Our research team has been working over 20 years on the examination of the acute and chronic effects of prolonged strenuous exercise on cardiovascular function in elite, moderately trained, and untrained individuals. This NSERC-funded research has demonstrated the remarkable chronic adaptations and acute responses of the human myocardium and the cardiovascular system to prolonged strenuous exercise. More recently, we have examined the cerebrovascular, cognitive, and cardiovascular responses to prolonged strenuous exercise in diverse laboratory- and field-based settings.
As part of this work, we have been honoured to collaborate with researchers from around the world including the United Kingdom, the United States, Germany, and other regions. This includes international trainee exchanges that have increased the learning and career development opportunities for our trainees. We are also proud to announce that this research has supported the creation of the Sports Cardiology BC program.
We have highlighted a few of the studies that have been completed through our NSERC funded research program.
Laboratory-based Research Trials
During his tenure at the University of British Columbia (and during his time at York University and the University of Alberta), Dr. Warburton has conducted series of studies that have advanced our understanding of the acute and chronic effects of exercise training and prolonged strenuous exercise. This work has culminated in a series of peer reviewed papers in leading journals (see Dr. Warburton’s publication record HERE).
We have an ongoing relationship with organizers of the Fat Dog 120 Trail Race. As the research mandate of our programming and rac
e organizers evolve, we look to continue innovative assessments of the cognitive, cerebrovascular, and/or cardiovascular responses of runners and pacers competing in the annual Fat Dog 120 Trail Race (who will complete a distance of at least 50 km).
All tests are non-invasive and painless. At each testing period (before and after the event) the testing procedures will require approximately 30 min of time. If you are interested in participating or would like further information regarding this research, please contact: Research Director, Kai Kaufman (firstname.lastname@example.org) or call us at +1 (604) 822-1337.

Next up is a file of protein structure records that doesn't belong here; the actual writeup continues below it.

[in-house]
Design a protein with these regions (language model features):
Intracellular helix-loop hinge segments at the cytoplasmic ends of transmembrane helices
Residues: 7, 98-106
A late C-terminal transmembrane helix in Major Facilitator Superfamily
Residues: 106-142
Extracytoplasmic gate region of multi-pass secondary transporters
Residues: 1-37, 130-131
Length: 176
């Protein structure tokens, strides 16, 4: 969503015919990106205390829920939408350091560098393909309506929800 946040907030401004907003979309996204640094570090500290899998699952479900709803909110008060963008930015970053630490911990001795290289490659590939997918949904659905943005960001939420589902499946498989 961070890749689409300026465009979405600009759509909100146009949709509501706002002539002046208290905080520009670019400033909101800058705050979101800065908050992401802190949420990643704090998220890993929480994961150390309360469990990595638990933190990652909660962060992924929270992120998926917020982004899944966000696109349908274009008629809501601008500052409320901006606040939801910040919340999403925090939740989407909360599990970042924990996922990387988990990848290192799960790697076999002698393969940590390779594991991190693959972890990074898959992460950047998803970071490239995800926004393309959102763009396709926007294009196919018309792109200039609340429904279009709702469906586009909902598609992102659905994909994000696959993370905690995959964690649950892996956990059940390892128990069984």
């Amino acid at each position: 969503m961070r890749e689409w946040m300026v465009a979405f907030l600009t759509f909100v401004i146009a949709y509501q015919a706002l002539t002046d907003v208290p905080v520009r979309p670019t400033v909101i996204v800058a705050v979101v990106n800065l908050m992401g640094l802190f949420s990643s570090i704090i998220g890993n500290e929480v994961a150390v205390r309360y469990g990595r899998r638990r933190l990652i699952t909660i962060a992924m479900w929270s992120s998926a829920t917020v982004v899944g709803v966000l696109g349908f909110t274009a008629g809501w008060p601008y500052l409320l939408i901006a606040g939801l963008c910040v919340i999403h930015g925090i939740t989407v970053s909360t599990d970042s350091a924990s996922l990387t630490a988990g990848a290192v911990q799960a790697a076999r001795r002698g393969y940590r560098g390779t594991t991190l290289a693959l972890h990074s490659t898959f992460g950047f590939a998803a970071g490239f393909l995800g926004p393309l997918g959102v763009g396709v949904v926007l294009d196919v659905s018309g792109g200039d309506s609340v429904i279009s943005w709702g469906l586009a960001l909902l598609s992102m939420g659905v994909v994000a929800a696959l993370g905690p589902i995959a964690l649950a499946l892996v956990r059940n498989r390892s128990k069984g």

Fat Dog 120 Race Details (Website)
When: Generally during early August (weather permitting)
Why: Stunning alpine views, very runnable trails, point to point, challenging profile, sumptuous aid stations, great organization, enthusiastic volunteers, and a lake at the end for soaking.
Distances: 120 miles (17,500 foot ascent and descent), 100 km (10,200 foot ascent and 9,520 descent), and 6 relay legs that cover 120 mile route.
Where: 120 miler and relay. Straddles 3 stunning provincial parks in British Columbia, Canada in the Cascade Mountains. Just short of Everest for elevation gain; Fat Dog 120 mile is 8,682 metres, Everest is 8,848 metres.
In 2007-2009, our research team travelled to Squaw Valley, California to examine the cardiovascular function of athletes performing in the Western States 100 mile Endurance Run. These research initiatives have resulted in several publications in leading journals.
In 2008, our research team joined our research collaborators from the United Kingdom (headed by Dr. Gregory Whyte) and the United States in an assessment of the effects of the legendary 3000 mile Race Across America. This was part of our international collaboration and supported the Cardiac Risk in the Young initiative. Here is an example publication from this work:
- Williams K, George K, Hulton A, Godfrey R, Lahart I, Wilson MG, Charlesworth S, Warburton D, Gaze D, and Whyte G. A unique case series of novel biomarkers of cardiac damage in cyclists completing the 4800 km Race Across America (RAAM). Curr Med Chem. 2011;18(23):3446-51.